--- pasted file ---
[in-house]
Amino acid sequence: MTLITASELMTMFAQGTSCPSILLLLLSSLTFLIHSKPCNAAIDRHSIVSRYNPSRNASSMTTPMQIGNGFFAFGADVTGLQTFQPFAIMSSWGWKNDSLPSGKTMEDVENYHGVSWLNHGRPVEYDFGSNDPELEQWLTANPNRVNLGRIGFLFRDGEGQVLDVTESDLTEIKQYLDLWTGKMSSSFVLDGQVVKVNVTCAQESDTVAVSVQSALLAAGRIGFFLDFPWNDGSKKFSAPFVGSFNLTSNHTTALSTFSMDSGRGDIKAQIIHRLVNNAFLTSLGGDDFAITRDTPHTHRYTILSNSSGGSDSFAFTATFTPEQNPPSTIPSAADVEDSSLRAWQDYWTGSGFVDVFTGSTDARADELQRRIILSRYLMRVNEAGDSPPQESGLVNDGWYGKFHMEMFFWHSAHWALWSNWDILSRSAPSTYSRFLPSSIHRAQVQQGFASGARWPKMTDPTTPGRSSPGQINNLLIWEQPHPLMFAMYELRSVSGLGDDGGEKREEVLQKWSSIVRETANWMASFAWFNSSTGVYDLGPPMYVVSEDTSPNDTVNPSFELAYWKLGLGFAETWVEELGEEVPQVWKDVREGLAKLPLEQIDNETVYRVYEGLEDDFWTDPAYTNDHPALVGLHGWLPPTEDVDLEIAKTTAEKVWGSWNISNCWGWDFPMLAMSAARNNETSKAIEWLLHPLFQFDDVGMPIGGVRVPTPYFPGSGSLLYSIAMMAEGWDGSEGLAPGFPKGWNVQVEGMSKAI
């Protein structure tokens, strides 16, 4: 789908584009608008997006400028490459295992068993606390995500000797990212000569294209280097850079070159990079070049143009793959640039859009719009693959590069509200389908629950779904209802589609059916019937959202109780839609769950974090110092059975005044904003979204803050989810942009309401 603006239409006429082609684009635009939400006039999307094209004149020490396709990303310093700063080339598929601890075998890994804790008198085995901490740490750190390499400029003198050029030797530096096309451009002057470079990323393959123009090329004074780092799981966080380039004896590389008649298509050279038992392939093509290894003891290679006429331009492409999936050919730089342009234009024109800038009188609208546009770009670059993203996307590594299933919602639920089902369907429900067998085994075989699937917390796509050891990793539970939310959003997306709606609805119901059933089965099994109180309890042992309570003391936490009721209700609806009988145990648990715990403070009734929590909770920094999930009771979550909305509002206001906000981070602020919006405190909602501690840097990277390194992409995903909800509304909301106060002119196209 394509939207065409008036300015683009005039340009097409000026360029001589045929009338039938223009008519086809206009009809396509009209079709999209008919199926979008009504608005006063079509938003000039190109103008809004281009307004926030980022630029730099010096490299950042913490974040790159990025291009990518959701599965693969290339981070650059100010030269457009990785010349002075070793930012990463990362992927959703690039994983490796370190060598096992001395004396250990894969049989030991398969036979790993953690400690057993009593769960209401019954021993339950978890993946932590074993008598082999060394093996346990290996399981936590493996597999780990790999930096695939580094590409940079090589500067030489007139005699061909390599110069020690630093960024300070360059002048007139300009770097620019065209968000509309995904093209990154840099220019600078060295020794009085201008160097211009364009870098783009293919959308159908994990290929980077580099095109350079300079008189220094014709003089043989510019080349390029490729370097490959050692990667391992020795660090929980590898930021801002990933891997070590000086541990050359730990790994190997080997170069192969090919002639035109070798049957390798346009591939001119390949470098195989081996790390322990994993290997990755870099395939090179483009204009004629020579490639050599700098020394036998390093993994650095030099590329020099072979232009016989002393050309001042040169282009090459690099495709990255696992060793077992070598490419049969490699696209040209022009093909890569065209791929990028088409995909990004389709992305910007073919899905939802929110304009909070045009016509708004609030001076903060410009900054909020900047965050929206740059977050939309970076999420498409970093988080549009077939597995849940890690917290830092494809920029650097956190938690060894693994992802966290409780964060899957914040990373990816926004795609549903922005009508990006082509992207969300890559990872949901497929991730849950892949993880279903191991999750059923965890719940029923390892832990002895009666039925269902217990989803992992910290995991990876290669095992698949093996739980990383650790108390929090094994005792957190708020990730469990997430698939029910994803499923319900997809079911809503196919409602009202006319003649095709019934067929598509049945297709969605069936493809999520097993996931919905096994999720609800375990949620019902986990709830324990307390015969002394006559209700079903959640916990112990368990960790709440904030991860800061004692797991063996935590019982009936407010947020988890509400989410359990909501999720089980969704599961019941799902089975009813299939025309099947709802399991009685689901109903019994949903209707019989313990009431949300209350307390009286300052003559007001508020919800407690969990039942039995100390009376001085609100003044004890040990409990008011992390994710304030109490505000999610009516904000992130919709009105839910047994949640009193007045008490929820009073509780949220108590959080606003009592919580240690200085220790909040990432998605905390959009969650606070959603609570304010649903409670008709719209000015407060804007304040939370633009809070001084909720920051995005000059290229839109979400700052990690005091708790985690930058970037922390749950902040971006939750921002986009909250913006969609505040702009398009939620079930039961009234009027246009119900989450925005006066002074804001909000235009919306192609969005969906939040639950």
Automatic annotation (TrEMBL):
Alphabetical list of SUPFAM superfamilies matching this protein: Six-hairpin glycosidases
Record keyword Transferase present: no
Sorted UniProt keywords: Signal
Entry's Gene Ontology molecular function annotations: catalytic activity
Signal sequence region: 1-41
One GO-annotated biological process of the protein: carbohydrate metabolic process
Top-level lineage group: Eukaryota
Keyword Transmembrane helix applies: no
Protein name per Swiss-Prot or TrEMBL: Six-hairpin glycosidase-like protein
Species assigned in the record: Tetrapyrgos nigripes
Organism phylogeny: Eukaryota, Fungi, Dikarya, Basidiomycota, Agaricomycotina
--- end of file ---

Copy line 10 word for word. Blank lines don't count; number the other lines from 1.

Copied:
One GO-annotated biological process of the protein: carbohydrate metabolic process